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  Comments (0) Total Saturday Apr. 19, 2014
 
The Devil’s Bird
Out Of Bounds
My young setter Doll is rounding into shape. She’s got a few seasons under her belt, and a couple months of training as well. She even proved to be a Mearns’ quail dog of some promise when we hunted Arizona after Christmas.

We’re back in the Northern Rockies now, and the depths of mid-January winter is not prime time for bird hunting. But in the final weeks of the season we had a nice break in the weather and squeezed in a last hunt, chasing chukar up on the bench just outside of town.

While the weather was fine, I underestimated the depth of the crusty snow lingering on the slopes. You can see the bench from town about six miles away and at that distance the snow looked dirty and unsubstantial. When we arrived I discovered that some of the spots we’d moved coveys on walks in the fall were now buried under crusty drifts two or three feet deep.

The broken edge of the bench is hard country. It’s steep and rocky. In the spots where it levels out a bit and the top soil is more than an inch or so deep, sage grows in thick stands. That’s where we find birds.

The rough nature of the land suits chukar just fine, as it resembles the country back home. These birds are imports, natives of the deserts of central Asia. Pakistan, where they are the national bird, is chukar central.

Chukar have been spread around much of the West. They’re fairly numerous in a few places in Wyoming, including the badlands around Cody and Powell. The only huntable populations in Montana are just over the border in Carbon County. Hardcore chukar hunters know to head for the desert country where Oregon, Idaho and Nevada come together. That’s the Pakistan of America, at least as far as chukar hunters are concerned.

I killed my first chukar in a canyon near Pocatello, Idaho. I had a spot about 15 minutes from the house where I’d occasionally find chukar and Huns. I took that bird home and ate it for dinner. They’re fine eating birds, with mild white breast meat.

The breast meat is a hint at why the birds are so tough to hunt. Game birds that fly long distances develop dark, hemoglobin-rich breast tissue designed to sustain flight, while birds that run — quail, pheasants — have lighter breast tissue made up of the kind of fast-twitch muscle that is good for explosive bursts on the wing.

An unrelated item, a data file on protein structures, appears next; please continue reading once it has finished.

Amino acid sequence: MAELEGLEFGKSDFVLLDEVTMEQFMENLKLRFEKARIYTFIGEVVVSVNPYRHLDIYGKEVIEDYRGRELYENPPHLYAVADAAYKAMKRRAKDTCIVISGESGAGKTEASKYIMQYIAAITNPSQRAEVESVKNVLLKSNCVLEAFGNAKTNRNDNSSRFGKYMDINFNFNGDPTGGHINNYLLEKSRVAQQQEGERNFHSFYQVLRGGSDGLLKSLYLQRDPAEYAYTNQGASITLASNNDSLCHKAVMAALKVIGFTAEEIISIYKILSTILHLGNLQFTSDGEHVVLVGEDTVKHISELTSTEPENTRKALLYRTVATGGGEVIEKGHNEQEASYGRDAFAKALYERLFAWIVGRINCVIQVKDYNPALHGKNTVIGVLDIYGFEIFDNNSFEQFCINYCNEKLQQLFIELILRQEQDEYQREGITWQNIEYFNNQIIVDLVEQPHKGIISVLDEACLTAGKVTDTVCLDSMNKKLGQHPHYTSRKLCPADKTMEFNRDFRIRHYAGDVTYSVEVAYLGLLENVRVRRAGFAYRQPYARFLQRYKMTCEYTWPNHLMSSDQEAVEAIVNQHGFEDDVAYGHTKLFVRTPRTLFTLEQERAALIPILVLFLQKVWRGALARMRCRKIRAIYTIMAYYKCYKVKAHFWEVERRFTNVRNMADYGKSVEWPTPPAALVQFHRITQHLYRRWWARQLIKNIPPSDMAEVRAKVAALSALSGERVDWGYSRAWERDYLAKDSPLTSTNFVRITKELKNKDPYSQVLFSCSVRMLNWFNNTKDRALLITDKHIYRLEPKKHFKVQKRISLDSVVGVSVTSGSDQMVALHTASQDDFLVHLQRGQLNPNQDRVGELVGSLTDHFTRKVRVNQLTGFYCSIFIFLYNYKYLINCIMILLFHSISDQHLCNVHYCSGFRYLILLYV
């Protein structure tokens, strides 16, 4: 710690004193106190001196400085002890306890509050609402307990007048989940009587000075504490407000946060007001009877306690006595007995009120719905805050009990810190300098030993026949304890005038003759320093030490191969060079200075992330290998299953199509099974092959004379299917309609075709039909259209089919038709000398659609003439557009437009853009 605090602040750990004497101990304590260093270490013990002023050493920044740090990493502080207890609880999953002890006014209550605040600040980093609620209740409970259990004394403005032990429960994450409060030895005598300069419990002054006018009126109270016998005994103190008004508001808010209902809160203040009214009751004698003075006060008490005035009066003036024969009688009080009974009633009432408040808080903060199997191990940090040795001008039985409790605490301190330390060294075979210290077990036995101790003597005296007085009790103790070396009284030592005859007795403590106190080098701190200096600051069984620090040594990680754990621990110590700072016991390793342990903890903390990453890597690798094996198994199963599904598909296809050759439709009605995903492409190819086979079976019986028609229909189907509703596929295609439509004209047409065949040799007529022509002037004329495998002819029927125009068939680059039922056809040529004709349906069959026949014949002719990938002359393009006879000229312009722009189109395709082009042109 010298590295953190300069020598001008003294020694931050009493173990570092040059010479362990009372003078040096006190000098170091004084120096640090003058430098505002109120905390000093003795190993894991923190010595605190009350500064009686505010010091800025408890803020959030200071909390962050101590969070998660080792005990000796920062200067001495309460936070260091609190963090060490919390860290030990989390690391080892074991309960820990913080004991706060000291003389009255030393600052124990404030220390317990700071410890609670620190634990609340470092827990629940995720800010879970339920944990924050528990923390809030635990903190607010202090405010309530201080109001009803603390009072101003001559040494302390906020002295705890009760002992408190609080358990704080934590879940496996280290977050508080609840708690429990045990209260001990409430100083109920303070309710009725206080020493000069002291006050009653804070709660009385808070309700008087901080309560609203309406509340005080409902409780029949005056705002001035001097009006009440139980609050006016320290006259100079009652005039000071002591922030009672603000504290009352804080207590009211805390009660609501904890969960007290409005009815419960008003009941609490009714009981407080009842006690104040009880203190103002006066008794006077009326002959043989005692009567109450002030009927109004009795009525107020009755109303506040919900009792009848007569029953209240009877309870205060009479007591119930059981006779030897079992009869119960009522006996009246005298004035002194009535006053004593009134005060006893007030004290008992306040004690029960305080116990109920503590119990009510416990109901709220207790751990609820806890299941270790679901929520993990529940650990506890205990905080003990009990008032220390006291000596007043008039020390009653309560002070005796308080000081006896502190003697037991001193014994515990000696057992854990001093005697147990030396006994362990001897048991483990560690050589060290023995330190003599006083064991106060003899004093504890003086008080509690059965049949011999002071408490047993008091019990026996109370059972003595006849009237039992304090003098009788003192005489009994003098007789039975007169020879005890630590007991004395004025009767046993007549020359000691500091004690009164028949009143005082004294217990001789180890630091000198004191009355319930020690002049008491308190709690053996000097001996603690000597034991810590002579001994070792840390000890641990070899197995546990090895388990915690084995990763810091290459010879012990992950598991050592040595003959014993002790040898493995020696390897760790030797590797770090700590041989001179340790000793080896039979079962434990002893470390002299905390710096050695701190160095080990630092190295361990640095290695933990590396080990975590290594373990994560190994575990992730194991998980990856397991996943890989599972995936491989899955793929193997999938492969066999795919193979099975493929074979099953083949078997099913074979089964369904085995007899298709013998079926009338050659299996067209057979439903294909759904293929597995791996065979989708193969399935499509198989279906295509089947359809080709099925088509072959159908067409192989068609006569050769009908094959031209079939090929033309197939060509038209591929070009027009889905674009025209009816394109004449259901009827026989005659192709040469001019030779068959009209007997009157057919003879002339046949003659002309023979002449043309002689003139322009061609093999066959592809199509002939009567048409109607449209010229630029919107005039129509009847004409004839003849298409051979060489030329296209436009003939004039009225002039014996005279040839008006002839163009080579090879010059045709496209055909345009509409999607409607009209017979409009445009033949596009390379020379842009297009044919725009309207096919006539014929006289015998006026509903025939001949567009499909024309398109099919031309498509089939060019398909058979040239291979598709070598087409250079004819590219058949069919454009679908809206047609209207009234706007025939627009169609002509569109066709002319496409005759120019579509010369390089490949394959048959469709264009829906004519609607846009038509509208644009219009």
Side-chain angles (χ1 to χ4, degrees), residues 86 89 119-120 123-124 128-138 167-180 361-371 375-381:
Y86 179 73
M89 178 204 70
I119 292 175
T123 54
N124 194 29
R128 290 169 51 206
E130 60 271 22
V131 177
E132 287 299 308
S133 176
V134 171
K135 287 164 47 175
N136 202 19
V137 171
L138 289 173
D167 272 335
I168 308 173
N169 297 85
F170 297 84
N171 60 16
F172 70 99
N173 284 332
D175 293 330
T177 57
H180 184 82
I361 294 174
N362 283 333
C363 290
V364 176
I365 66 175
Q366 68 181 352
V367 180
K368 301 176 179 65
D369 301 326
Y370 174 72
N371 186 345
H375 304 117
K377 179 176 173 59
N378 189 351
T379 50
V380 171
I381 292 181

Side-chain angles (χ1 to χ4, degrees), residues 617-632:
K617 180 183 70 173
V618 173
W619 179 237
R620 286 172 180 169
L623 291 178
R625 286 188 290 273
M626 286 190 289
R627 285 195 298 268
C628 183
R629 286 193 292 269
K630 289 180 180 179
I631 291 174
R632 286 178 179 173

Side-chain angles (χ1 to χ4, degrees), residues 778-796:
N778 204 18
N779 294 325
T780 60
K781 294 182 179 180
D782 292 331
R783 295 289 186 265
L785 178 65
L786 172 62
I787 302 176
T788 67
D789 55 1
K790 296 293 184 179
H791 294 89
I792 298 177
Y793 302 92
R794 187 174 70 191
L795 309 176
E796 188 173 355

No game bird likes to run more than chukar.

On that last hunt of the season Doll and I finally made our way through the crusted drifts near the rim of the bench. Unfortunately that also foiled my original plan to hunt from the rim down into birdy looking patches of sage.

That turned out to be bad news. When disturbed, chukar run uphill away from danger. This is the dual advantage of creating some separation from the threat, as few critters — especially shotgun toting bipeds — move uphill as fast as these birds. Once they’ve gained a bit of elevation, chukar then use it to their advantage flying downhill so they can cover more ground with less effort.

The covey took flight near the top of the ridgeline. I heard them first, the familiar helicopter-like eruption of frantic wings. Then I saw the birds sail over the next ridge.

I followed tracks in the snow to the point where the birds gathered, then flushed, from under the sage. The wind was wrong. Doll had never picked up the scent.

We worked our way across to the ridgeline where the chukar had disappeared. If the birds had been sharptail they almost certainly would have been right there, just downhill from where they’d gone out of sight. But as we cleared the ridgeline Doll didn’t pick up scent. A few more steps and I could see why: those birds had escaped into a deep crevasse that descended to the depths of Hell.

There’s a reason why hunters joke that they kill their first chukar for food, and the rest, for revenge.
 
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